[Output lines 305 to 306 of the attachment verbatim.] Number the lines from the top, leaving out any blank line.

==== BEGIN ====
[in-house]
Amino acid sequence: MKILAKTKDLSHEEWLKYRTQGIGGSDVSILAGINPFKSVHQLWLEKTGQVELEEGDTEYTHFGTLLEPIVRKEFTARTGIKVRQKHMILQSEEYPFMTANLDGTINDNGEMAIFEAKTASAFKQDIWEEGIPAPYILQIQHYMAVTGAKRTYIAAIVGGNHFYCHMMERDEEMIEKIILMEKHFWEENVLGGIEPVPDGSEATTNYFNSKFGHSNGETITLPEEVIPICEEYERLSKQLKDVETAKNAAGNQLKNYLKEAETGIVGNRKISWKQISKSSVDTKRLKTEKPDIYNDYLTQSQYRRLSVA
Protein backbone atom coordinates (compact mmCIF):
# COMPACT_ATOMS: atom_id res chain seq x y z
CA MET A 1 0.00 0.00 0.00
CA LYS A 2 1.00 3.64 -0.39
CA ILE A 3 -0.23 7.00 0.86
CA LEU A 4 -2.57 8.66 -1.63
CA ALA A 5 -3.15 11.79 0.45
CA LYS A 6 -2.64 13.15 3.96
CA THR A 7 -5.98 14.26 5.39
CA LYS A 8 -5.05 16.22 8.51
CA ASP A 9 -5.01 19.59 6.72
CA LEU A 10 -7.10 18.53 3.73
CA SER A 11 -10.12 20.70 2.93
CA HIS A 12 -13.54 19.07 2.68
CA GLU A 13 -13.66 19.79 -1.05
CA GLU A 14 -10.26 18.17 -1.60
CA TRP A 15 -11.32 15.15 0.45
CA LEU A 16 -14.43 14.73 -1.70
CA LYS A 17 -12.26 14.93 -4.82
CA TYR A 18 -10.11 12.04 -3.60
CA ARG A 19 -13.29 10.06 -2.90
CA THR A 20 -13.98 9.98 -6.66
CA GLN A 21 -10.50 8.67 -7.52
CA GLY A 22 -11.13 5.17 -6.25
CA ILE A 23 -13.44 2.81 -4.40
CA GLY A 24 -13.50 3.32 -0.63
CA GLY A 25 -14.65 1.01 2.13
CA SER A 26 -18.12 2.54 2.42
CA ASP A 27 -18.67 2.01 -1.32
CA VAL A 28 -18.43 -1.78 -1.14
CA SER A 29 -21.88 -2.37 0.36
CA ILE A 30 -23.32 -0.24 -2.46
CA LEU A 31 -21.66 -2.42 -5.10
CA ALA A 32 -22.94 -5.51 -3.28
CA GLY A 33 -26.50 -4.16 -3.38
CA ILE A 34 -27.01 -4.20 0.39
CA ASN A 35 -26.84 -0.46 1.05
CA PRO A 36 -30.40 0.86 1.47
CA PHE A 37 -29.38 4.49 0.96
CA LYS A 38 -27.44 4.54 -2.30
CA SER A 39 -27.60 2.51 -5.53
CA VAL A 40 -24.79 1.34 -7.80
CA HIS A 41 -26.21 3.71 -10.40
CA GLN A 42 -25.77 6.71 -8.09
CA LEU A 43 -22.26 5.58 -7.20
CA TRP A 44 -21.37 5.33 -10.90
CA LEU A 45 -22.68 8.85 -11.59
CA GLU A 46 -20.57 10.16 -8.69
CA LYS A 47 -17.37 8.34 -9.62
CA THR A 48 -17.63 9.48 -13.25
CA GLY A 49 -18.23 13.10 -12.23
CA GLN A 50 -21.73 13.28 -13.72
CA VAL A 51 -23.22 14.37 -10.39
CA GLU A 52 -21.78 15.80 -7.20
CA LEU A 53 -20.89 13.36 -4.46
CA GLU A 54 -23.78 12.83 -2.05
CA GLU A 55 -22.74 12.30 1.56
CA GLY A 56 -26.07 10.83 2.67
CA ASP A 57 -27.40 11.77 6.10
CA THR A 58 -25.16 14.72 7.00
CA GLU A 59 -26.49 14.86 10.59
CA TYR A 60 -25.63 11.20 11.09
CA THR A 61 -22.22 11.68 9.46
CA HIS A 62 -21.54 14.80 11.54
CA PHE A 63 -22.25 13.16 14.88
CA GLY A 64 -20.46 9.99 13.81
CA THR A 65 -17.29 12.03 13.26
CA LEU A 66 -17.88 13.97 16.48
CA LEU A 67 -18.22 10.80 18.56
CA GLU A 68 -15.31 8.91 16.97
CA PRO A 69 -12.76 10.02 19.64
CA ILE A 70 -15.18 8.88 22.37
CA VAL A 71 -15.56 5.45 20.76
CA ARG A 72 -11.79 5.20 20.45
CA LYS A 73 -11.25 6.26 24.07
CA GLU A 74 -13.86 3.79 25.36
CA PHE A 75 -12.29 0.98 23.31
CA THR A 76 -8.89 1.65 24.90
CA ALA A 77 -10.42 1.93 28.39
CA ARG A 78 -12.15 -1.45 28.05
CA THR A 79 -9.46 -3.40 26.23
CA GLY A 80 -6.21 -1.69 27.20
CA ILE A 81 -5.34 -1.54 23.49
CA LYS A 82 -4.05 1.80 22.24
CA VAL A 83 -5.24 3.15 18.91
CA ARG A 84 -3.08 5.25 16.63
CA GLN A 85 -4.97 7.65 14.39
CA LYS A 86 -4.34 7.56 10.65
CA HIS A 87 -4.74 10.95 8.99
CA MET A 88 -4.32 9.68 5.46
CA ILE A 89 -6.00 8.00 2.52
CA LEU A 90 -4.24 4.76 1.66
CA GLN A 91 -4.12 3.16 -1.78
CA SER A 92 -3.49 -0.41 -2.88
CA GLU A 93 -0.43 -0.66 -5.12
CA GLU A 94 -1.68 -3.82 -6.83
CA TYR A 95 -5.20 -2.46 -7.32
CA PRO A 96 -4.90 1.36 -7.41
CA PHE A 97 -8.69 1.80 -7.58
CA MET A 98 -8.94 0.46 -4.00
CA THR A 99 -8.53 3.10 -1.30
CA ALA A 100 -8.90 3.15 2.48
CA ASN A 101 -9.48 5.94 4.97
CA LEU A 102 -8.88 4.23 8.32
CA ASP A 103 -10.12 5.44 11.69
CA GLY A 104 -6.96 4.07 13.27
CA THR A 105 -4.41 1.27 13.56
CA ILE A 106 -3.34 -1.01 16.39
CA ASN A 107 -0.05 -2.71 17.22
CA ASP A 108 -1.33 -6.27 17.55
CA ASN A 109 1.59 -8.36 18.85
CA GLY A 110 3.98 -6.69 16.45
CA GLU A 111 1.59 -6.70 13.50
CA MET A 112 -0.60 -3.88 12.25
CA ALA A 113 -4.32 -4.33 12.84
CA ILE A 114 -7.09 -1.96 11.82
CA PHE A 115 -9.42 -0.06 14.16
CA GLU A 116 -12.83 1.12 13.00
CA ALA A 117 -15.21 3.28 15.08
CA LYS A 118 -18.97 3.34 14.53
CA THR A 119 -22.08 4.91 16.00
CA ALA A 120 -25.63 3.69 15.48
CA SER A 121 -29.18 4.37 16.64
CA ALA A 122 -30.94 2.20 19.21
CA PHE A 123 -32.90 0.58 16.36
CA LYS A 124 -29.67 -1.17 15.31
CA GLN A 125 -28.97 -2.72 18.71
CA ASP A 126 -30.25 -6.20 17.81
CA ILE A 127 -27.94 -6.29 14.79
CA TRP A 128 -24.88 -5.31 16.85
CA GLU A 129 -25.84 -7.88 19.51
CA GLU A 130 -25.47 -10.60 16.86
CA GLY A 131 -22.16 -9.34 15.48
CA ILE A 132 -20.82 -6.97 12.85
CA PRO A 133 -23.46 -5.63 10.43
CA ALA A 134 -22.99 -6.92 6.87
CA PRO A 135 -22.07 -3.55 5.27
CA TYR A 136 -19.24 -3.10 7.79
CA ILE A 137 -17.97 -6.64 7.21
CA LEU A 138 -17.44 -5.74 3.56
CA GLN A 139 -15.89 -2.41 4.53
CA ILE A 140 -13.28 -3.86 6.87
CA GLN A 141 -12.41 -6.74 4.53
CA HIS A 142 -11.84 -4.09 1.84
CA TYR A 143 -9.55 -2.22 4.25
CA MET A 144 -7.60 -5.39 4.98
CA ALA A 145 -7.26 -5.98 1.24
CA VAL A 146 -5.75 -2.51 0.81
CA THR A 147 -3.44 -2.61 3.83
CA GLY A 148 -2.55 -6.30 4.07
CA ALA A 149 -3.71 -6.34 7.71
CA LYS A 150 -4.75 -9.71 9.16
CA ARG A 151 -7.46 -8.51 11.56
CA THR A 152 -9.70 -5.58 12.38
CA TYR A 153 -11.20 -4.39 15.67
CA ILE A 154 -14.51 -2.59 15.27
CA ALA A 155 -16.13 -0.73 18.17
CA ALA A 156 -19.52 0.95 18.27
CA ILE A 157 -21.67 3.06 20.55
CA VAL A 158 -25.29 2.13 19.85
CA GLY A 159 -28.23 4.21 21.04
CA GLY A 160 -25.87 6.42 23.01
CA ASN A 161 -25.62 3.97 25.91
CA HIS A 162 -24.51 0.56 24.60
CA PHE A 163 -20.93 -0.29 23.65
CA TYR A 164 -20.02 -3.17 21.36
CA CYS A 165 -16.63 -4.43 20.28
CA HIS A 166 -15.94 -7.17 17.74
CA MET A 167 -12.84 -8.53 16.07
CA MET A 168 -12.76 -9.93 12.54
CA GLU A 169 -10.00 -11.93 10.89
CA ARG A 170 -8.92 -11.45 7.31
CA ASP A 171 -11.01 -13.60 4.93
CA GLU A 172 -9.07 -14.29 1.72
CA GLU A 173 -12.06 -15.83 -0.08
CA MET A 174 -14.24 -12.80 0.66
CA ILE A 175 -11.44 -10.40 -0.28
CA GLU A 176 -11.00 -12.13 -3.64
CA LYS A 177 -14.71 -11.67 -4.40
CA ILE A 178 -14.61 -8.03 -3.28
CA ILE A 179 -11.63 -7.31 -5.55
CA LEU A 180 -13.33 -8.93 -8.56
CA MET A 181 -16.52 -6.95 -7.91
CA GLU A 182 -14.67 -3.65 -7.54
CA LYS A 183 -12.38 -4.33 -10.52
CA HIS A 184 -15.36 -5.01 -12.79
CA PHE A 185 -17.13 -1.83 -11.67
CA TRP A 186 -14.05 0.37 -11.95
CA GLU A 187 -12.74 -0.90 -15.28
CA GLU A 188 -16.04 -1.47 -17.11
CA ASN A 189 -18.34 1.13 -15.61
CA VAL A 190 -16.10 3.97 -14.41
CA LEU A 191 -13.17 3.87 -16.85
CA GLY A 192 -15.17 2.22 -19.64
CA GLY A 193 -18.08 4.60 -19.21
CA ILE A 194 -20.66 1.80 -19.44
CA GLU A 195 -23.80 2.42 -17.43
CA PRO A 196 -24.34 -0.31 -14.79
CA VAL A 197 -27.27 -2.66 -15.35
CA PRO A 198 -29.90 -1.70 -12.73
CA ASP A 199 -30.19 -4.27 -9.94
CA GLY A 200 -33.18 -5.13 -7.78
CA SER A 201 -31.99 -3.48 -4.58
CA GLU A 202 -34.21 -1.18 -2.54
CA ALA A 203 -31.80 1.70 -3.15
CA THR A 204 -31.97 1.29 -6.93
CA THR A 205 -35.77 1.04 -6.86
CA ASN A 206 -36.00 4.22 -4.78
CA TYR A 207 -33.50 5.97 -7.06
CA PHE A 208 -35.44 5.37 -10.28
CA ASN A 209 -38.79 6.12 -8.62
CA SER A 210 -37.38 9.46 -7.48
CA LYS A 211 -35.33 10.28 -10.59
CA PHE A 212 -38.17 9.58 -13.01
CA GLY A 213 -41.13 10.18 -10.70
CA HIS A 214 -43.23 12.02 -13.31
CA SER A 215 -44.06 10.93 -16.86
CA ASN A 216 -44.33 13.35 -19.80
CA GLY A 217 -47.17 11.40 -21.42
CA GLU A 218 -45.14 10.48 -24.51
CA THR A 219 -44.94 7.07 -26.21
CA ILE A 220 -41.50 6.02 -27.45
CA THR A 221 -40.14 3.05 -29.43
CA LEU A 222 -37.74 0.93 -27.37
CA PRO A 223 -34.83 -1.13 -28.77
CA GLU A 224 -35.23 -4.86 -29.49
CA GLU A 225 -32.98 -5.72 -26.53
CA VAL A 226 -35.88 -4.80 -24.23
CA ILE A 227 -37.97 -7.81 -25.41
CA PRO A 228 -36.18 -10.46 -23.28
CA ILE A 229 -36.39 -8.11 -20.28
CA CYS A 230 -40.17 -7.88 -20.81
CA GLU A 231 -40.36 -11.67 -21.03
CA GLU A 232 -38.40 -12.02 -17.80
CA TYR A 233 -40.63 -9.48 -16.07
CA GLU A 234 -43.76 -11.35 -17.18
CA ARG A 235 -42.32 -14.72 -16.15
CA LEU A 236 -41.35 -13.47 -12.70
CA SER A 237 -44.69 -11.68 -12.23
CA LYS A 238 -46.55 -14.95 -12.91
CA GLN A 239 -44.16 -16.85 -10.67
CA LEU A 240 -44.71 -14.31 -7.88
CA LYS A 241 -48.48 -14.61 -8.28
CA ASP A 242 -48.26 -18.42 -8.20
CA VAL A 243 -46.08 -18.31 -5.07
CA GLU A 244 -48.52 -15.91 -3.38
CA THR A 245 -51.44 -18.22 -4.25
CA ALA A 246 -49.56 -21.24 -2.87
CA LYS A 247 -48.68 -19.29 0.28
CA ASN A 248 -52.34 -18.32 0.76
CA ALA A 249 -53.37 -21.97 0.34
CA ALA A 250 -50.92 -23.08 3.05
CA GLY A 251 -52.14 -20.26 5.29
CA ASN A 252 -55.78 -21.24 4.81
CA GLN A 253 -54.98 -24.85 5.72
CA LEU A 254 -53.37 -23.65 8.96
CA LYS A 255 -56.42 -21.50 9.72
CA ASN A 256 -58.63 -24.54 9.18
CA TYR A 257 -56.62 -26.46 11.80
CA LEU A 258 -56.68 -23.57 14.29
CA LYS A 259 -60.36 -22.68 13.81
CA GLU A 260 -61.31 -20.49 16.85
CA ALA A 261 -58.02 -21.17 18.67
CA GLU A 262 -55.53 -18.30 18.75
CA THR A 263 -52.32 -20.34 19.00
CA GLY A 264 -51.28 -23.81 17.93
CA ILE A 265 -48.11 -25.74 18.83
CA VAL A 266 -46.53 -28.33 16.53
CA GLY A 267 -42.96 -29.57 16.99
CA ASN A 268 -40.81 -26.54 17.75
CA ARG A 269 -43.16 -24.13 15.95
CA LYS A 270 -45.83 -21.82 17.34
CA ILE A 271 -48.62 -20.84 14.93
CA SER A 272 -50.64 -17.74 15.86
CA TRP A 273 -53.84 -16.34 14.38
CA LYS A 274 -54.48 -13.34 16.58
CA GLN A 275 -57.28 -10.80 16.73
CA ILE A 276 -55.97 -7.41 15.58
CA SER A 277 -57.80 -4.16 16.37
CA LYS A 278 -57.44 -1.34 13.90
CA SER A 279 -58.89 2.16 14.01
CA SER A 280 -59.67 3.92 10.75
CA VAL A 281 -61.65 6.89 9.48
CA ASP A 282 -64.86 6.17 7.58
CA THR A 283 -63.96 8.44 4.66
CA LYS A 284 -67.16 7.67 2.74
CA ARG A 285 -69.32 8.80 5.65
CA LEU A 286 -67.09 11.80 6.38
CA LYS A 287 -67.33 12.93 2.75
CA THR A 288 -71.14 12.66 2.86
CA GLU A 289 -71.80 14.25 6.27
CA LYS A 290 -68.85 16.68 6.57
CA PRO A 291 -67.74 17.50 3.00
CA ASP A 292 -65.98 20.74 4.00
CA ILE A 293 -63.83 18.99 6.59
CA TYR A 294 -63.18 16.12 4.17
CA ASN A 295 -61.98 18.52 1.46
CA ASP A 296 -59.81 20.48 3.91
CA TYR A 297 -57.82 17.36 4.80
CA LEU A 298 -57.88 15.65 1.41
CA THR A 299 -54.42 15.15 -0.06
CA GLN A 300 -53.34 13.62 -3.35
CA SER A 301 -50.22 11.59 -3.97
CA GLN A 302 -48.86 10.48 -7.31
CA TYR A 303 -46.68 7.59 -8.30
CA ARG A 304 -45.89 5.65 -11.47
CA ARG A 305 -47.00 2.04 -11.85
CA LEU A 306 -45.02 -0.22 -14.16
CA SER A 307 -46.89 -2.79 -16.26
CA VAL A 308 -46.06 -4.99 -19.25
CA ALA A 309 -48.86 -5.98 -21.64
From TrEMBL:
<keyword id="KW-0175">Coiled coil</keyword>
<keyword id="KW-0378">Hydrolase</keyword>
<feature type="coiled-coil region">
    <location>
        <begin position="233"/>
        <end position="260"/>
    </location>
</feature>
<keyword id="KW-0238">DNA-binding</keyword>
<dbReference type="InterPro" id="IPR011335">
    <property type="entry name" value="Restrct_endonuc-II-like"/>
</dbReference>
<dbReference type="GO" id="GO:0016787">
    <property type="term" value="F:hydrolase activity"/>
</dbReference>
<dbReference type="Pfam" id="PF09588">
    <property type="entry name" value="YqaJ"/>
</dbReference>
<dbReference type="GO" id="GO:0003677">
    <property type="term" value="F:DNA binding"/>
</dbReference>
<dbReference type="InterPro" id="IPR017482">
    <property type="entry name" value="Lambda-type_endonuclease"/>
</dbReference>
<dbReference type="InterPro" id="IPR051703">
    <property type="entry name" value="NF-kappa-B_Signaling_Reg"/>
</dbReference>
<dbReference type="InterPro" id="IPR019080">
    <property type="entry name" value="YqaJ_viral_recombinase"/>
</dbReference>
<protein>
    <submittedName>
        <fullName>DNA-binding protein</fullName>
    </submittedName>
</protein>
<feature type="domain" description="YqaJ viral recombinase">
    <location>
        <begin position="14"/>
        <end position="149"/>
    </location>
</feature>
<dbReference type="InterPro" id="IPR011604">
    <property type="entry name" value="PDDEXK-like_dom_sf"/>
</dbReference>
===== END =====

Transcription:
CA SER A 301 -50.22 11.59 -3.97
CA GLN A 302 -48.86 10.48 -7.31